Benedictines to "Take Over" Prayer in Vatican Convent
Carmelites Thanked for 5-Year Stay at Mater Ecclesiae
| 1987 hits
VATICAN CITY, OCT. 3, 2004 (Zenit.org).- Benedictine nuns will take over the Vatican's Mater Ecclesiae convent this week, a house occupied over the past five years by Carmelites praying for the Pope and the Roman Curia.
In a homily delivered last Friday in the cloistered convent, Archbishop Leonardo Sandri, substitute for general affairs of the Vatican Secretariat of State, thanked the Carmelite nuns for the support given to the Holy Father and his aides with their prayer and "admirable example of consecrated life."
The Argentine archbishop delivered his homily during the Mass celebrated at the conclusion of the period of the Carmelites' stay in the convent.
This convent of contemplative nuns in the Vatican was founded by John Paul II in 1994, to enrich the Curia with the presence and prayer of nuns totally dedicated to contemplation.
By indication of the Pope himself, the community of the convent changes every five years, the period of duration of an assignment in the Curia.
In 1994 the convent was animated by a community of Poor Clares. The present community of Carmelites, who come from several countries, arrived in the Vatican in September 1999. The Benedictines will take over this Friday.
On the day of the liturgical memorial of St. Thérèse of the Child Jesus, Archbishop Sandri said that the saint continues to "fascinate many faithful with her example and her doctrine on spiritual childhood."
"In a society such as the present, so often dominated by the logic of competition and power, by the will to possession and supremacy, it is all the more necessary for every human person seeking their own fulfillment to rediscover where 'true greatness' is found," he said.
"Man's true greatness is only what appears so in God's eyes," the Vatican official said.
St. Thérèse of Lisieux, pursuing the "path of 'spiritual childhood,' made her own the fundamental teaching contained in the Gospel: 'The one who make himself little as this child, is the greatest in the Kingdom of Heaven,'" Archbishop Sandri said.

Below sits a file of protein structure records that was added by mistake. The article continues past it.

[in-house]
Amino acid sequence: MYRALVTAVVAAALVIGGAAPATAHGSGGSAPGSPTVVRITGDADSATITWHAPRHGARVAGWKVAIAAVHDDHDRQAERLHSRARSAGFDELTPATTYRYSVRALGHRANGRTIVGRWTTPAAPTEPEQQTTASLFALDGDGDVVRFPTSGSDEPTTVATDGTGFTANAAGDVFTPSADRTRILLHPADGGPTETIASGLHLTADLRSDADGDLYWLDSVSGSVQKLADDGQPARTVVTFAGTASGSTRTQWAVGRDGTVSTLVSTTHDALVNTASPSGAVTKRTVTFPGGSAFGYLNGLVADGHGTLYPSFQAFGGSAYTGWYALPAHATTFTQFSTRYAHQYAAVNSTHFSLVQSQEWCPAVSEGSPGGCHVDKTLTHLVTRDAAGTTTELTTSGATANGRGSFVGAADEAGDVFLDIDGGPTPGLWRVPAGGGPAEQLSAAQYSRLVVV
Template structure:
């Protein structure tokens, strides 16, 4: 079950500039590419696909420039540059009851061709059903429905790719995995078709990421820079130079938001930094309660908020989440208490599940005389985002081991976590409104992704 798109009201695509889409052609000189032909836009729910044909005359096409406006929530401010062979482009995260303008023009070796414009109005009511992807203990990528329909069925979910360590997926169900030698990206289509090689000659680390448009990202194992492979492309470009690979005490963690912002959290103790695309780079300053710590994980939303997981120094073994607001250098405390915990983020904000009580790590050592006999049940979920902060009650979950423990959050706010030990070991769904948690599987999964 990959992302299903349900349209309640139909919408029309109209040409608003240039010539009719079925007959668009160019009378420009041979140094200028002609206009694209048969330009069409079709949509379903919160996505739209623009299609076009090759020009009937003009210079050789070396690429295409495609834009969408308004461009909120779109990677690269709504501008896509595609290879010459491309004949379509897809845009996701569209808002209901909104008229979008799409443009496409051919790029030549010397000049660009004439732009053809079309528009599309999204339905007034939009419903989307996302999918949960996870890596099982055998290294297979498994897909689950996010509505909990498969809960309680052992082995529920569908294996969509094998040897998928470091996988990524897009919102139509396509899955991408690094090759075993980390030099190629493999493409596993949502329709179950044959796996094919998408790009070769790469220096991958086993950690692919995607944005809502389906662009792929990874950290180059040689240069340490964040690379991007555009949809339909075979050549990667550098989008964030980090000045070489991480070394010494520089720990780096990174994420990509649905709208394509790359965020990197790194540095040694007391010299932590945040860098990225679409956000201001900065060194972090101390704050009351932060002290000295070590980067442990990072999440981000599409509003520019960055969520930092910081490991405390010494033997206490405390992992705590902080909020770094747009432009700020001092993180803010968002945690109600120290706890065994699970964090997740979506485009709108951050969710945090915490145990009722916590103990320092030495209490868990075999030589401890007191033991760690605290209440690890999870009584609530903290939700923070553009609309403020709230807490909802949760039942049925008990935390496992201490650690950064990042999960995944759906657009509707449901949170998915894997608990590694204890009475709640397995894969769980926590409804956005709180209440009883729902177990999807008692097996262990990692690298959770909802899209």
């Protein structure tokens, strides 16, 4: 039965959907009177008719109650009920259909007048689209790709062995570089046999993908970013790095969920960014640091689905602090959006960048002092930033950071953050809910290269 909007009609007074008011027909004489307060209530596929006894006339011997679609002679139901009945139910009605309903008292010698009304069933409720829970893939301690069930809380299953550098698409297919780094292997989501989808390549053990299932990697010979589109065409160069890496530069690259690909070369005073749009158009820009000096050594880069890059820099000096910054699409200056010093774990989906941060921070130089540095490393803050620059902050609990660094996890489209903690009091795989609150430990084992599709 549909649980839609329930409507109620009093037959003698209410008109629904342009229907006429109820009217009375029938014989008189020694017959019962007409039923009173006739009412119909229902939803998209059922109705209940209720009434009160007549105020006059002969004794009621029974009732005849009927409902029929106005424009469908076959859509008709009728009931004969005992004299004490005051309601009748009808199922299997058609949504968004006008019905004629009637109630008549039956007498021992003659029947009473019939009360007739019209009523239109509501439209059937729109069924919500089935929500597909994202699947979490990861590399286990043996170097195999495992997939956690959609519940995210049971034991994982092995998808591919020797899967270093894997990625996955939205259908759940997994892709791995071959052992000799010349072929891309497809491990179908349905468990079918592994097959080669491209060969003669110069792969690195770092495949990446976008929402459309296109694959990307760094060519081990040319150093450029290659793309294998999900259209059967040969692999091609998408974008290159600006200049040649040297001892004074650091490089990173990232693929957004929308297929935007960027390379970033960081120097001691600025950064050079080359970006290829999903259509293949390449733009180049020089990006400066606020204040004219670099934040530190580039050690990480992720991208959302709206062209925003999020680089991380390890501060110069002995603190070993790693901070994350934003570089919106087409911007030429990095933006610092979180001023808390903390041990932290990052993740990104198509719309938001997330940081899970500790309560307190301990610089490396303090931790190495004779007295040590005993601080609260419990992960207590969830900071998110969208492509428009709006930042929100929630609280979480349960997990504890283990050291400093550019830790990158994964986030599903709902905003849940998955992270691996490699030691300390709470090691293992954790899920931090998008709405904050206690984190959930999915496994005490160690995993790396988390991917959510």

Recalling the Carmelites' five years of contemplative life spent within the Vatican walls, Archbishop Sandri praised the nuns for the commitment they assumed, making themselves "a praying presence in silence and solitude in support of the Holy Father in his daily concern for the whole Church."
"You have offered the Pope, his aides, and me personally, and all those who have come to the convent to visit you and to pray in this chapel, an admirable example of consecrated life according to the spirituality of Carmel," he continued.
"In particular, you have offered the image of a profound and shared joy, sign of an intense spiritual life, of a great love for the Holy Father and for the Church, of great agreement among yourselves in daily occupations," the prelate added.
Archbishop Sandri expressed the hope that the community they built in these years of their Vatican stay may continue when they return to their respective convents of origin.
He prayed "that you will be able to continue living that special vocation that St. Thérèse of the Child Jesus discovered, namely, to be love in the heart of the Church."